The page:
US Enlists 5 EU Nations In Offshore Tax Crackdown
By Lynnley Browning
Wed Feb 8, 2012
* UK, France, Germany, Italy, Spain part of new framework
* Treasury says governments would collect info from banks
* Eases burden on banks, puts pressure on EU governments
* Most FATCA rules expected to take effect in 2013
Feb 8 (Reuters) - The U.S. Treasury Department on Wednesday enlisted five EU nations to help crack down on offshore tax evasion by Americans and ease the burdens the effort has imposed on many banks and financial institutions.
After complaints from the global financial industry about costs and legal issues, Treasury announced a new multilateral approach to implementing the Foreign Account Tax Compliance Act, or FATCA.
Enacted by the U.S. Congress in 2010, FATCA is intended to help the U.S. Internal Revenue Service gather information about Americans' accounts with more than $50,000 in assets in foreign banks and other institutions.
Scheduled to take effect in 2013, the new law as drafted calls for banks and financial institutions worldwide to gather the information and directly disclose it to the United States' Internal Revenue Service (IRS) tax collection agency.
Under Treasury's proposed "new government-to-government framework for implementing FATCA," the governments of France, Germany, Italy, Spain and the United Kingdom will work together to create a means to collect the information from their banks and send it to the United States.
Treasury said that once these five "FATCA partner" countries finalized the framework, banks in those countries would not have to enter into separate data disclosure agreements with the IRS.
In addition, in a reciprocating agreement, Treasury said the United States would collect and share information with the five participating EU countries about accounts held by their citizens in U.S. financial institutions.
For nations not invited to become "FATCA partners" with the United States, banks and financial institutions in those countries must still cooperate on their own with the IRS.
Noticeably absent from the new framework were major international banking nations such as Canada, Switzerland and the Netherlands, not to mention tax haven jurisdictions such as Ireland, the Cayman Islands and Bermuda.
LIST OF 'FATCA PARTNERS' MAY GROW
A Treasury official said in a conference call with reporters that more countries may join the "FATCA partners" list.
"We've had numerous conversations with other governments beyond the five that are cited," the official said.
Asked about Canada's exclusion from the list of five countries, a senior government official with knowledge of the matter told Reuters that the United States "was open to exploring a similar arrangement with Canada."
Canadian Finance Minister Jim Flaherty said the ministry had raised "serious concerns" about FATCA with the United States.
"Today's announcement appears to demonstrate an interest in greater joint government collaboration to address such concerns. We will continue to work with our American counterparts towards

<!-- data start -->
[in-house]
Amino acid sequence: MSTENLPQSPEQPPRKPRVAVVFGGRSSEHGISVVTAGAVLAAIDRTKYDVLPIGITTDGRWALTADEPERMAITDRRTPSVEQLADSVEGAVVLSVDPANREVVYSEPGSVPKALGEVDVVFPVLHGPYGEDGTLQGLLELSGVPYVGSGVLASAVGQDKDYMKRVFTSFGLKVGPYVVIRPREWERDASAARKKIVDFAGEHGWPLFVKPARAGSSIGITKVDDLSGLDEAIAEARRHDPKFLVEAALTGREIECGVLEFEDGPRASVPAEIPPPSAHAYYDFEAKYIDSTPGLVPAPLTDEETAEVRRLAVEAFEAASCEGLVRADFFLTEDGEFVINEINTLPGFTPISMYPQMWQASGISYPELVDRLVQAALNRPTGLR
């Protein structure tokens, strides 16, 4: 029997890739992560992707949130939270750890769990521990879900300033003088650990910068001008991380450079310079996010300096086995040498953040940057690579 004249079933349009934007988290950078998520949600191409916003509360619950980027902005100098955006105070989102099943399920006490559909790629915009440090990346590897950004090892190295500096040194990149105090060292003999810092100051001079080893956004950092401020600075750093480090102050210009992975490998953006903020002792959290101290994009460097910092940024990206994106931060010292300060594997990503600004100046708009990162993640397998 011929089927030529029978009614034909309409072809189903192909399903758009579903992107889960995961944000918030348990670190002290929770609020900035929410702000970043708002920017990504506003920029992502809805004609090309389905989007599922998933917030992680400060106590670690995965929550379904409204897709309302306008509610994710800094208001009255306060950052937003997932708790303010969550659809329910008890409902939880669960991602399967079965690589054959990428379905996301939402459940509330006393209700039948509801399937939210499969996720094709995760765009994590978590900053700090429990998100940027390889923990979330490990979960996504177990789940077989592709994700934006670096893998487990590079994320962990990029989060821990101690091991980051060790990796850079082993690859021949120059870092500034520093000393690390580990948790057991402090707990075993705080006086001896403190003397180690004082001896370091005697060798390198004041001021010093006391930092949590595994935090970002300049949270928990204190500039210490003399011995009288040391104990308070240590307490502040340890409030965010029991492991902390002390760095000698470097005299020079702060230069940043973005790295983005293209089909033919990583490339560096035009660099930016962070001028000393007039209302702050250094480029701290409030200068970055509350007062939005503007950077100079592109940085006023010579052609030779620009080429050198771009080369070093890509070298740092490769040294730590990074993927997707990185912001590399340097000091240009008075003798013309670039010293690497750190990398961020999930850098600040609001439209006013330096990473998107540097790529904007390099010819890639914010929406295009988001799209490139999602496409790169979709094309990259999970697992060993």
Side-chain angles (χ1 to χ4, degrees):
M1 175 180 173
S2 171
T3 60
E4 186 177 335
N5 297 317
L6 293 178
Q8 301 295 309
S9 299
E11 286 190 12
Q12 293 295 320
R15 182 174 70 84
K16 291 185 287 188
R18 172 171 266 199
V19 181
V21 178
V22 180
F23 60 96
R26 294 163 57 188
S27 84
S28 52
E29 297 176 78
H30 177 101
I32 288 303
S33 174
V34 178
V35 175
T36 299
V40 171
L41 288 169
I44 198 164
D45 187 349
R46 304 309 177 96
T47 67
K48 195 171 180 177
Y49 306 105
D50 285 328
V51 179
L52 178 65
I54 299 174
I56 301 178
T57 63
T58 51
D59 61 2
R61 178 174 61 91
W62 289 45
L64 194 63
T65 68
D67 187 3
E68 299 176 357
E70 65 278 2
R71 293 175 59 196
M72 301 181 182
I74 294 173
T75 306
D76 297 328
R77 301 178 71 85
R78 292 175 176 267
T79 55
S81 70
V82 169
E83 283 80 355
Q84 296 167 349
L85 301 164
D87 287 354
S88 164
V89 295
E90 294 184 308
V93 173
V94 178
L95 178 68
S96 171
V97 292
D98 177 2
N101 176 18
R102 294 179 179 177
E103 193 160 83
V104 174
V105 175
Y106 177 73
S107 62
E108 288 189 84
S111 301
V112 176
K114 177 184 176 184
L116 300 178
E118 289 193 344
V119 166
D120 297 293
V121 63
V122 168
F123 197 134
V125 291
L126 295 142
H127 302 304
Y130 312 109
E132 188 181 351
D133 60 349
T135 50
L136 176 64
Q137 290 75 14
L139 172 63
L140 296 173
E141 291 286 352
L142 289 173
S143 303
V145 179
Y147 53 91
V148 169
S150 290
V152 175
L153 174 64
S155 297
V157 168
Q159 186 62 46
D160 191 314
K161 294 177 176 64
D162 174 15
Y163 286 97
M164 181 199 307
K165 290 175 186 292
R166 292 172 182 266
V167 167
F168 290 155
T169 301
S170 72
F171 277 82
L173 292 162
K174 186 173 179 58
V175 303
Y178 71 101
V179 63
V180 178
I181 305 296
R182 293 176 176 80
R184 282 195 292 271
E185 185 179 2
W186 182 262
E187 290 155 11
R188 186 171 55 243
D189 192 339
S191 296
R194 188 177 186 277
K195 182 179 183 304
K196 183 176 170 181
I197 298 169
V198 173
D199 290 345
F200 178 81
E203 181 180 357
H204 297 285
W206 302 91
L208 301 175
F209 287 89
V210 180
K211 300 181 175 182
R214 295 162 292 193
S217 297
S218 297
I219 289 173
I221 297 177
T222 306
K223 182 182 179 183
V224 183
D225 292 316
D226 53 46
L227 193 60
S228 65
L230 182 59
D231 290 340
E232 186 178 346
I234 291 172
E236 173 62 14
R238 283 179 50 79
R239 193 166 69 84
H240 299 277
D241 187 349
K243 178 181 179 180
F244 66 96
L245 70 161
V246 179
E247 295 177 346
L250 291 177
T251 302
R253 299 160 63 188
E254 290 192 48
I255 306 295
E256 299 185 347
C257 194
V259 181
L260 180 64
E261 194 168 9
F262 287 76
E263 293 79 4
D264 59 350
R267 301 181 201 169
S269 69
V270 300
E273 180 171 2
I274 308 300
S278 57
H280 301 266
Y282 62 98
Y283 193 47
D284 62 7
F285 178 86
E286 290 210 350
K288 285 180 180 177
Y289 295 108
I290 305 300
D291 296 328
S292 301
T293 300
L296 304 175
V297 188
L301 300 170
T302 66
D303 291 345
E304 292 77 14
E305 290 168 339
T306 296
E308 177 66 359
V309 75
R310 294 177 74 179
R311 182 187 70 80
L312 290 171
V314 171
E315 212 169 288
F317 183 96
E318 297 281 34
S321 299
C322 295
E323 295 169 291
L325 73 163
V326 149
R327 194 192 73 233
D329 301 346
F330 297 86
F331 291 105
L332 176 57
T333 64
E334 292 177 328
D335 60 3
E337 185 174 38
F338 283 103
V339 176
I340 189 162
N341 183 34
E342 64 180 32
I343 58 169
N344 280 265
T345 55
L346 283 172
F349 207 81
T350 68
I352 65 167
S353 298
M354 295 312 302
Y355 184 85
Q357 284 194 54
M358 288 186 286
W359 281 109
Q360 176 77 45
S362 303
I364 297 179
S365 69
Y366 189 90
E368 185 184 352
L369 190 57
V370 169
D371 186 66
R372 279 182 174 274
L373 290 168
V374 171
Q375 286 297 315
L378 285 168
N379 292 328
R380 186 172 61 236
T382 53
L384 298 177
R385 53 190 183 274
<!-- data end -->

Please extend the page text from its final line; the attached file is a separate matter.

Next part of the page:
an approach acceptable to both our countries," he said.
Michael Mundaca, a co-director at Big Four accounting firm Ernst & Young and formerly the U.S. assistant secretary for tax policy, said: "It will be interesting to see how other countries and especially other financial centers react."
Becoming a "FATCA partner" means being able to ensure adoption of suitable disclosure laws, no easy task in countries with bank secrecy and client confidentiality laws; getting banks to collect and disclose data to their own national authorities; and then transmitting that data to the United States.
The new multilateral framework addresses secrecy issues in some countries that prevent banks from directly disclosing client data to the United States, Treasury said.
TEMPLATE FOR OTHER DEALS
Opting for a multilateral approach "acknowledges the detrimental impact to the United States of the 'go it alone' mechanism that was ... inherent in the FATCA regime," said Scott Michel, a tax lawyer at the firm of Caplin & Drysdale.
"This agreement ... will obviously provide a template for other agreements," he said, adding that countries declining to strike similar deals may find their own financial institutions will face overly burdensome compliance and reporting costs.
As originally drafted, FATCA will require that foreign financial institutions either collect and turn over data on U.S. clients with accounts of at least $50,000, or withhold 30 percent of the interest, dividend and investment payments due those clients and send the money to the IRS.
Foreign institutions and entities that refuse or fail to comply would face bills for taxes due, a penalty of 40 percent of the amount in question and heightened scrutiny by the IRS.
Financial institutions and intermediaries had objected that forcing banks to track pass-through payments on syndicated loans, swaps, foreign currency trades and routine money transfers was unduly burdensome.
Pass-through payments are payments that flow through separate legal entities on their way to the recipient.
Those affected by FATCA include commercial, private and investment banks and shells and trusts; broker-dealers; insurers; mutual, hedge and private-equity funds; domiciliary companies; limited liability companies, partnerships; and other intermediaries and withholding agents.
Treasury said it would allow foreign financial institutions to rely on information they have already collected under anti-money laundering and "know your customer" rules to determine whether they have U.S. taxpayers as clients and thus must collect and disclose information about them under FATCA.